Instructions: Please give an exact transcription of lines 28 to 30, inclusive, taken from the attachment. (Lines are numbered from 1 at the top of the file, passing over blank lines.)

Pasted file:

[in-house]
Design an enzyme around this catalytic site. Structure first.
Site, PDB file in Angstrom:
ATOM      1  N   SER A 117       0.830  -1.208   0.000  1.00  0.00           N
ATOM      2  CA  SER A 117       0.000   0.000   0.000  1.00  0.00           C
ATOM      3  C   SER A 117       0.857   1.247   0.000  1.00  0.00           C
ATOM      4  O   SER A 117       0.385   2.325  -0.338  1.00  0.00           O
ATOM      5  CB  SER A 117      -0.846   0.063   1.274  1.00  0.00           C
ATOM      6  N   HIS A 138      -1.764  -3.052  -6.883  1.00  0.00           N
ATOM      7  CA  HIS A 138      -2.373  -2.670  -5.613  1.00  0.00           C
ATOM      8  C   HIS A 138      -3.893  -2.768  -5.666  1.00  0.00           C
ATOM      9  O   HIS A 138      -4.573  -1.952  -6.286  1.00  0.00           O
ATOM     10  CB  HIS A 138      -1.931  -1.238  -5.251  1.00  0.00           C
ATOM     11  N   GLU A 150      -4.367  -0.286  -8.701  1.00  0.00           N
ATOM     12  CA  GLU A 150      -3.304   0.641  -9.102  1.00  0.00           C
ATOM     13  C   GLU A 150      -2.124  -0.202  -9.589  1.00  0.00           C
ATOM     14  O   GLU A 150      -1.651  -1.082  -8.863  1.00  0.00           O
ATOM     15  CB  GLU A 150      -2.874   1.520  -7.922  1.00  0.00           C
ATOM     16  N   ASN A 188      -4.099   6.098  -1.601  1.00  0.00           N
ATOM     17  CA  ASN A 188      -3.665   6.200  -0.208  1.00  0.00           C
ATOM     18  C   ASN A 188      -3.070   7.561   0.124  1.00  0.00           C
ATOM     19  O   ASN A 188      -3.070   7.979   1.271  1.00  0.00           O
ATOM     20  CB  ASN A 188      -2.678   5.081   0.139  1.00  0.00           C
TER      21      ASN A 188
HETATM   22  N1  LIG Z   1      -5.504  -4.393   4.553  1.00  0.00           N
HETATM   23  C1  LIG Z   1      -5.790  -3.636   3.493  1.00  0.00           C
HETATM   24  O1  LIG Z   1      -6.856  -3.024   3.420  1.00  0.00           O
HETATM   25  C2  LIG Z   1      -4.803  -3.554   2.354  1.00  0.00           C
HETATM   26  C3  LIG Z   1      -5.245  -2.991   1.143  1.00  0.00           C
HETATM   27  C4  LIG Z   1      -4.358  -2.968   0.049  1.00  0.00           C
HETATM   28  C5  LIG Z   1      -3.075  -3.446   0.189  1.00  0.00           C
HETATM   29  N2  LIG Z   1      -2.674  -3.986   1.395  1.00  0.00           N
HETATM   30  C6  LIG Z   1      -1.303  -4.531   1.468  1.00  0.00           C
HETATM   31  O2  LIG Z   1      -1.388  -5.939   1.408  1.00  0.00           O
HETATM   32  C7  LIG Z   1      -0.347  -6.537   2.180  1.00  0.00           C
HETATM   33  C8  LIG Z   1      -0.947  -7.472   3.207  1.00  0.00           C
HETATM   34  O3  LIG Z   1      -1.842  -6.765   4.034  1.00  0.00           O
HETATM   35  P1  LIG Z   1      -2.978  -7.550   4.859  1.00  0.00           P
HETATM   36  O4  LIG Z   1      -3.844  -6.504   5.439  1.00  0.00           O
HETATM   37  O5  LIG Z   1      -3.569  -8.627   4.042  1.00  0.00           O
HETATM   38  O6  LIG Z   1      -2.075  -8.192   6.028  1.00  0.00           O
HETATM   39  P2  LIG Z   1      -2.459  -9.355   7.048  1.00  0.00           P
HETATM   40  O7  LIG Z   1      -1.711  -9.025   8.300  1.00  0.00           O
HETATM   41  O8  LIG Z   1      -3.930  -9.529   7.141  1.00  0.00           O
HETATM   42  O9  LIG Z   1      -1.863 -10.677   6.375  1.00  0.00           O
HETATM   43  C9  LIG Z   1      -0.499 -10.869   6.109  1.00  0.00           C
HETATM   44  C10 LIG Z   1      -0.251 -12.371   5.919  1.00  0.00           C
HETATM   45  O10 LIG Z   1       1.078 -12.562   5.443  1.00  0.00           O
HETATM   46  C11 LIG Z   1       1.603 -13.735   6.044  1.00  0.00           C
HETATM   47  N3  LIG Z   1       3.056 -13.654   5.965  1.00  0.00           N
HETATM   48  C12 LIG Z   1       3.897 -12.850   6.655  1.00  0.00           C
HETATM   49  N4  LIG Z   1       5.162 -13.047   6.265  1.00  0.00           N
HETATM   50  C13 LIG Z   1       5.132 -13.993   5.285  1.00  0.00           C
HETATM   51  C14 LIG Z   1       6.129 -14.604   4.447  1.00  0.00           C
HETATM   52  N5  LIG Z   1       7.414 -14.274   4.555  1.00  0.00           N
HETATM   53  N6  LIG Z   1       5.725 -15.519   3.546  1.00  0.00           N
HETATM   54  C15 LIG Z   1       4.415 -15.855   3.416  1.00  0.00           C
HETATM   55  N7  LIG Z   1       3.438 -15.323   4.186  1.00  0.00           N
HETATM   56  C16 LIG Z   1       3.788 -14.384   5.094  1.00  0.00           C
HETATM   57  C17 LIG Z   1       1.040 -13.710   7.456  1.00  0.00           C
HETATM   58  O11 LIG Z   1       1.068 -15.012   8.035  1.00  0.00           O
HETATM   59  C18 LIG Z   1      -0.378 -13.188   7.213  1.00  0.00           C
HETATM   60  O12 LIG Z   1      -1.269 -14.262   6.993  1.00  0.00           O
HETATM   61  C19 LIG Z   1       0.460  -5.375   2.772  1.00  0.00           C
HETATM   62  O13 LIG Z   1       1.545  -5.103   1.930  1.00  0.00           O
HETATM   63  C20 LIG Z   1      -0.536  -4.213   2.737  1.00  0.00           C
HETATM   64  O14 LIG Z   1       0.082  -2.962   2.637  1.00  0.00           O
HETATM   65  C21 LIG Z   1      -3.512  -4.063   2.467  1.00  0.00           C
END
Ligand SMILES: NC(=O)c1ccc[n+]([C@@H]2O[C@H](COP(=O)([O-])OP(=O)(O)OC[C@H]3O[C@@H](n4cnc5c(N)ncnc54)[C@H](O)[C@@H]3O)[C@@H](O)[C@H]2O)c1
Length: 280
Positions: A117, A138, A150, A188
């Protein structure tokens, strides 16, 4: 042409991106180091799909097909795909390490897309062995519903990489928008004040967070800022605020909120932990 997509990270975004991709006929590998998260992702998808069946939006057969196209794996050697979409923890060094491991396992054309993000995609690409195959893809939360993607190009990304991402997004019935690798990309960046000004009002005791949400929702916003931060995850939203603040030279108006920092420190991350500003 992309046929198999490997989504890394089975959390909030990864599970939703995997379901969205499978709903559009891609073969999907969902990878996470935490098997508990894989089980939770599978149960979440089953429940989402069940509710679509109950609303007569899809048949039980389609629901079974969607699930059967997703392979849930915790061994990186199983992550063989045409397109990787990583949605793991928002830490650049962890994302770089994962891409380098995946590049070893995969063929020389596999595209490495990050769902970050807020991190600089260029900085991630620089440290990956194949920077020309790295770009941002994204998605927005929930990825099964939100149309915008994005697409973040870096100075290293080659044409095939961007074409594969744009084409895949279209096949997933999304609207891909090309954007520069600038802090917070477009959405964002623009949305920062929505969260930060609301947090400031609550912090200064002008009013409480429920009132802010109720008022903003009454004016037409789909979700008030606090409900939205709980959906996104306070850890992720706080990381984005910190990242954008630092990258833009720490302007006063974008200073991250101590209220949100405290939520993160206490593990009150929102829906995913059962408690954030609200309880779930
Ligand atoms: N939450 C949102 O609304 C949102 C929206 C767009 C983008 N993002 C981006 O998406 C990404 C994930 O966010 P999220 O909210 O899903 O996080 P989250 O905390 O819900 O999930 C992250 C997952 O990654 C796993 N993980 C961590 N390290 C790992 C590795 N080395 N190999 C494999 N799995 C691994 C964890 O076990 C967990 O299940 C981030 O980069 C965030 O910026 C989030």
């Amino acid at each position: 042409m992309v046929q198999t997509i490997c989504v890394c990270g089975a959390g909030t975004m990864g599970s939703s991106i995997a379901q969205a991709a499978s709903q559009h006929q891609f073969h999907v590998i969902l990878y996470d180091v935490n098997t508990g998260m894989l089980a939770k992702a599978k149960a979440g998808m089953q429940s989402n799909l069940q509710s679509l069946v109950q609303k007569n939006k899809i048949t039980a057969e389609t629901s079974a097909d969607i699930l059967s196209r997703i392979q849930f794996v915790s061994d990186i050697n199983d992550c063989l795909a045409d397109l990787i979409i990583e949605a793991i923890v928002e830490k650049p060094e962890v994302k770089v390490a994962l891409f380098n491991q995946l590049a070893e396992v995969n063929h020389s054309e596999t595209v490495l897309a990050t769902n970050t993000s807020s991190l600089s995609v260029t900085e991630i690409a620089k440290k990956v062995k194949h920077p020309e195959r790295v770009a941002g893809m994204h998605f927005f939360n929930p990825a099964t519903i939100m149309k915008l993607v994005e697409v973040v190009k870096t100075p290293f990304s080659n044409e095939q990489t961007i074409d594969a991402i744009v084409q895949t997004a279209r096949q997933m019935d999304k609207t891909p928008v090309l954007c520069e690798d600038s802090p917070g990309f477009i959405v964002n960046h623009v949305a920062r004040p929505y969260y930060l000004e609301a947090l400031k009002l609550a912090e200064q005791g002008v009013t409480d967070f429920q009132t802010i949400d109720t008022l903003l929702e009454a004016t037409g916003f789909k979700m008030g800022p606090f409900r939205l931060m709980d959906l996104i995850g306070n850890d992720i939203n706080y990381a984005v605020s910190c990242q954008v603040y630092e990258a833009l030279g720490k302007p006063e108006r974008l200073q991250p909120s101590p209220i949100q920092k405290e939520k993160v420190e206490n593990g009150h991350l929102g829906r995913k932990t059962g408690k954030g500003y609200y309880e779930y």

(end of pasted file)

HETATM   25  C2  LIG Z   1      -4.803  -3.554   2.354  1.00  0.00           C
HETATM   26  C3  LIG Z   1      -5.245  -2.991   1.143  1.00  0.00           C
HETATM   27  C4  LIG Z   1      -4.358  -2.968   0.049  1.00  0.00           C